Trees can be so plentiful and commonplace that they may seem ordinary and boring, but the world of trees is surprisingly bizarre and amazing. Environmentalists and naturalists are often called “Tree Huggers,” but there’s plenty of good reason for us all to hug a tree from time to time. With Earth Day coming up, the folks at Monster Tree Service, based in Philadelphia and franchising across the U.S., put together some cool facts to prove it!
More than that, with a little support from you, the world can have a few more trees in it - with almost no work from you! How?
So get to it!
Amaze-balls tree facts
1. A tree in the Sequoia National Forest named “General Sherman” is over 275 feet tall and 102 feet around, making the California Redwood the most massive living single organism on Earth.
2. A Coastal Redwood named “The Mendocino Tree” is estimated to be 1000 years old, and at more than 367 feet tall is the tallest organism.
3. A California Redwood named “Eternal God” is estimated to be between 7000 and 12000 years old, making it the oldest living thing on earth.
4. About one third of the United States of America is covered by forests and it is estimated that there are 247 billion trees over 1” in diameter.
5. The world’s largest forests are in Northern Russia, however, and cover more than 3 billion acres.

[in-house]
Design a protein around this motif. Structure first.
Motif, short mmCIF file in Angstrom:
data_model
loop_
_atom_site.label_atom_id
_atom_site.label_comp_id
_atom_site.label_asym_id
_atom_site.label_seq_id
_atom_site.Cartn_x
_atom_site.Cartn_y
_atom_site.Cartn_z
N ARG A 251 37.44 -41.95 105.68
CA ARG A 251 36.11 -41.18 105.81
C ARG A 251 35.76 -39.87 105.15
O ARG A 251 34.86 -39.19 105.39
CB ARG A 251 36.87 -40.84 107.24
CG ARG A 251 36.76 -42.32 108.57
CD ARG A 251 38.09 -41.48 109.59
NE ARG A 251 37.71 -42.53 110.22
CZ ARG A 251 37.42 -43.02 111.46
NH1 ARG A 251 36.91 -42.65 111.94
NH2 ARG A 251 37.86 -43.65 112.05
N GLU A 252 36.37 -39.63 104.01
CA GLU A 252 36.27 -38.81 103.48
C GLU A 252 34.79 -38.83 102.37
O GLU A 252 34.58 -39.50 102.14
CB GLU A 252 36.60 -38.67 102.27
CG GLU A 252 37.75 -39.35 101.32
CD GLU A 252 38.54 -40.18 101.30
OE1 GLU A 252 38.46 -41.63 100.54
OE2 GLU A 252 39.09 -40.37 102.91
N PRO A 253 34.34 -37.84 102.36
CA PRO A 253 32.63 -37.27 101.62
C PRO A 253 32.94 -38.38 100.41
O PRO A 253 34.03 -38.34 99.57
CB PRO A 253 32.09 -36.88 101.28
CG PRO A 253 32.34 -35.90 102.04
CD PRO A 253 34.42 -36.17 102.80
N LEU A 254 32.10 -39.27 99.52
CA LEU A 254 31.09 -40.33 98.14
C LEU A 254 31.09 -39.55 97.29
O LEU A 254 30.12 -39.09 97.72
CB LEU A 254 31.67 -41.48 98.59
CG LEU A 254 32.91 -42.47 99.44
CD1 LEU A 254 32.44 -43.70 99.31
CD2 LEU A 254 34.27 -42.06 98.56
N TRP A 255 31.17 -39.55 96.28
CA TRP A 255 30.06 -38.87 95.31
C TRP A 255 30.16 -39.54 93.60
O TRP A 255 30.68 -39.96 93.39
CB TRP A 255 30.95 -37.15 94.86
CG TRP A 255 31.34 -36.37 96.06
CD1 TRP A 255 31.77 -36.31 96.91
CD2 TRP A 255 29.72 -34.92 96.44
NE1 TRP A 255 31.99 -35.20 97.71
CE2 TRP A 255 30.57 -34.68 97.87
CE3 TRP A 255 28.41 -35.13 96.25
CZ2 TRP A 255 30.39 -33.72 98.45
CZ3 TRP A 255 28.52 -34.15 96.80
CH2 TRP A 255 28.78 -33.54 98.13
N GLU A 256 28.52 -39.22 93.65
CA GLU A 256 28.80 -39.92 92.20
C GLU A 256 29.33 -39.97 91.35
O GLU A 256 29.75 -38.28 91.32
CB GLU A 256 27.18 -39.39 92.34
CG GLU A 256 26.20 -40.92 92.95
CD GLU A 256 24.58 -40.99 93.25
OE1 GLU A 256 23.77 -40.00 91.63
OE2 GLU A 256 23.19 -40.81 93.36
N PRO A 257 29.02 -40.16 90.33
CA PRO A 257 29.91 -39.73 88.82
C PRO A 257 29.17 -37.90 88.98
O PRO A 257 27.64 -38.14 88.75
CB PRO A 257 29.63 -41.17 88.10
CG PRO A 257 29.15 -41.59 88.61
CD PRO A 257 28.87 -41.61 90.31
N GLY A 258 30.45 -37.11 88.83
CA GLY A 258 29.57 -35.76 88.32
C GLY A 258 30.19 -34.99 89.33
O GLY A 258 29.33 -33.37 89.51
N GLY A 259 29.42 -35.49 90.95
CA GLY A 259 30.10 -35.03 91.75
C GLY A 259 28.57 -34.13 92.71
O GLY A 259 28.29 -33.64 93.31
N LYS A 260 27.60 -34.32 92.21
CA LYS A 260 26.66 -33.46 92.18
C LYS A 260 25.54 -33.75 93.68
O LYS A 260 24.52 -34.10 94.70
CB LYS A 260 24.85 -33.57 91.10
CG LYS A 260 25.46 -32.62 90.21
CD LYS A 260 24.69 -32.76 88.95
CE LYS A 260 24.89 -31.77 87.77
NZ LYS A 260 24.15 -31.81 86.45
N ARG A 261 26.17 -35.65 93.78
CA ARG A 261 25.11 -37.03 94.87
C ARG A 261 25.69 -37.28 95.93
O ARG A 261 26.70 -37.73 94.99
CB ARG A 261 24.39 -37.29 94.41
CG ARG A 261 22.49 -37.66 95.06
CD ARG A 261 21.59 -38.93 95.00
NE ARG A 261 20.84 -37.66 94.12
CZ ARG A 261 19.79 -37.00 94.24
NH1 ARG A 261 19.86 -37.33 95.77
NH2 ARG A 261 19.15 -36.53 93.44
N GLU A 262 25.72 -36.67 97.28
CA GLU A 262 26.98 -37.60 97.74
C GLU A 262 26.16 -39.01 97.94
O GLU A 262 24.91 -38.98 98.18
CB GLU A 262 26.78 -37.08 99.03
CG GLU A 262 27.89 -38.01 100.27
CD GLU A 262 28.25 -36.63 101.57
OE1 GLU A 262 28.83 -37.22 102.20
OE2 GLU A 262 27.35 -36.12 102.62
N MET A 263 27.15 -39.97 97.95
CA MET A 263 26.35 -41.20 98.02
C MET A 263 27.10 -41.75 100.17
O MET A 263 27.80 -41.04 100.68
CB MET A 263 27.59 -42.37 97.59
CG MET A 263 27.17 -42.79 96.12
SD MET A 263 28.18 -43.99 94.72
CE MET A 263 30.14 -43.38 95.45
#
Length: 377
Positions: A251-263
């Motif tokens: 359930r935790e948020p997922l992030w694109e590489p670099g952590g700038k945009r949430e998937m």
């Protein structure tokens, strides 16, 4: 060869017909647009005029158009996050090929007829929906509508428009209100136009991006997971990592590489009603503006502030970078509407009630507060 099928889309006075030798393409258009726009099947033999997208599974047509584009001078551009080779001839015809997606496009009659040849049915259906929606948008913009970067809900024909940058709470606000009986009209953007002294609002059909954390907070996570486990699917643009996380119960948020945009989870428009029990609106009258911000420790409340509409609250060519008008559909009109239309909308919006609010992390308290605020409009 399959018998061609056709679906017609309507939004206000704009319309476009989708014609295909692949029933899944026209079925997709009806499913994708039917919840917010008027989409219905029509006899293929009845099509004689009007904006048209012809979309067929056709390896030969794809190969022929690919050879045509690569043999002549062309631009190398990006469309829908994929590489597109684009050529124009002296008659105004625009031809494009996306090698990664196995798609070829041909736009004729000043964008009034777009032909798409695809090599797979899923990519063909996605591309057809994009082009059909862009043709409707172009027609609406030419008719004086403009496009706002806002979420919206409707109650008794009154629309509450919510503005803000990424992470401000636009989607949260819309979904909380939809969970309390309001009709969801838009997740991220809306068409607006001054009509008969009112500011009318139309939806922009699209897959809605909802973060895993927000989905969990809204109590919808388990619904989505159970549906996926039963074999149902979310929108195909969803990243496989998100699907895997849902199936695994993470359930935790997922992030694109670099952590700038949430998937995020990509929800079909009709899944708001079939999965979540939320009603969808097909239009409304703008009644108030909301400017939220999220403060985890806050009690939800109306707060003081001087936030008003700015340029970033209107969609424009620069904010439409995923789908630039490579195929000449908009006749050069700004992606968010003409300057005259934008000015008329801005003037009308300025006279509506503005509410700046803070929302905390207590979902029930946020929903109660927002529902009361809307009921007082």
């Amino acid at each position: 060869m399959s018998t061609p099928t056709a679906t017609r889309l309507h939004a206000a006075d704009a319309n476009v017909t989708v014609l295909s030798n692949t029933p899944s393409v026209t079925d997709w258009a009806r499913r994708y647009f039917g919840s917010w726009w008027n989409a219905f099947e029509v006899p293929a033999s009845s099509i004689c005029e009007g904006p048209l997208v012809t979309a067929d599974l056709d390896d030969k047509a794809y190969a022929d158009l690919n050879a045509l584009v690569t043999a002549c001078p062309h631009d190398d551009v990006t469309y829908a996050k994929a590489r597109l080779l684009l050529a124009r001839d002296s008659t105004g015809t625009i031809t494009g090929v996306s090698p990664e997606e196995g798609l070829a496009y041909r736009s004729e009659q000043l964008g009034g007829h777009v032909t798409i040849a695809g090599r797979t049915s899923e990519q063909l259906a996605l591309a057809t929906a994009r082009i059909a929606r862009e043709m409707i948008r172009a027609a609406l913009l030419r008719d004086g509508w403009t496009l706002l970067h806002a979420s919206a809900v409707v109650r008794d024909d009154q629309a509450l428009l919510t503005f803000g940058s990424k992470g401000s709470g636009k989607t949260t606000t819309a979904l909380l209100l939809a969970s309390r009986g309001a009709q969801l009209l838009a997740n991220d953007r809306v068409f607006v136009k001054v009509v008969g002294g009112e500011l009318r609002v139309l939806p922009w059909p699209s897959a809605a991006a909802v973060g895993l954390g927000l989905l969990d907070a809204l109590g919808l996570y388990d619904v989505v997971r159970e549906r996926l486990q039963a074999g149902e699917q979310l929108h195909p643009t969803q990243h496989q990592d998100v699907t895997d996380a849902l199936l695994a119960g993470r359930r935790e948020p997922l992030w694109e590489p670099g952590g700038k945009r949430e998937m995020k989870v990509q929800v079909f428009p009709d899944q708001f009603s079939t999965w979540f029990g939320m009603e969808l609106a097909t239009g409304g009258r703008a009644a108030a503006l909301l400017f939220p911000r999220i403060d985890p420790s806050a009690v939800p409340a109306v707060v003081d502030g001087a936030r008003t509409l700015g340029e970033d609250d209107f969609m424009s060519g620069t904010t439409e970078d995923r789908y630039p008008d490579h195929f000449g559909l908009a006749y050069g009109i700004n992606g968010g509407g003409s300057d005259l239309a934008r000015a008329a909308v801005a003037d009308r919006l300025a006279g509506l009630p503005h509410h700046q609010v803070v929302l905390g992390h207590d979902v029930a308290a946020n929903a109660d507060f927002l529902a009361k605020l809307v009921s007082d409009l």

6. A single tree produces approximately 260 pounds of oxygen per year. That means just two mature trees can supply enough oxygen annually to support a family of four.
7. One tree can absorb as much carbon in a year as a car produces while driving 26,000 miles. Over the course of its life, a single tree can absorb one ton of carbon dioxide.
8. Studying a tree’s rings can do more than provide a tree’s age. Tree rings provide precise information about environmental events, including volcanic eruptions.
9. Oak trees don’t produce acorns until they are over 20, and some trees may not produce acorns until they are 50.
10. Birch trees mature quickly and can produce over a million seeds per year.
11. A fully grown Ada Tree in Australia can develop a root system that spreads out more than an acre.
12. A wild fig tree in South Africa has roots that measure 400 feet deep.
13. Trees grow from the top, not from the bottom as is commonly believed.
14. A branch's location on a tree will only move up the trunk a few inches in 1000 years.
15. Trees on residential properties lower energy costs, block the wind, provide shade and increase property value.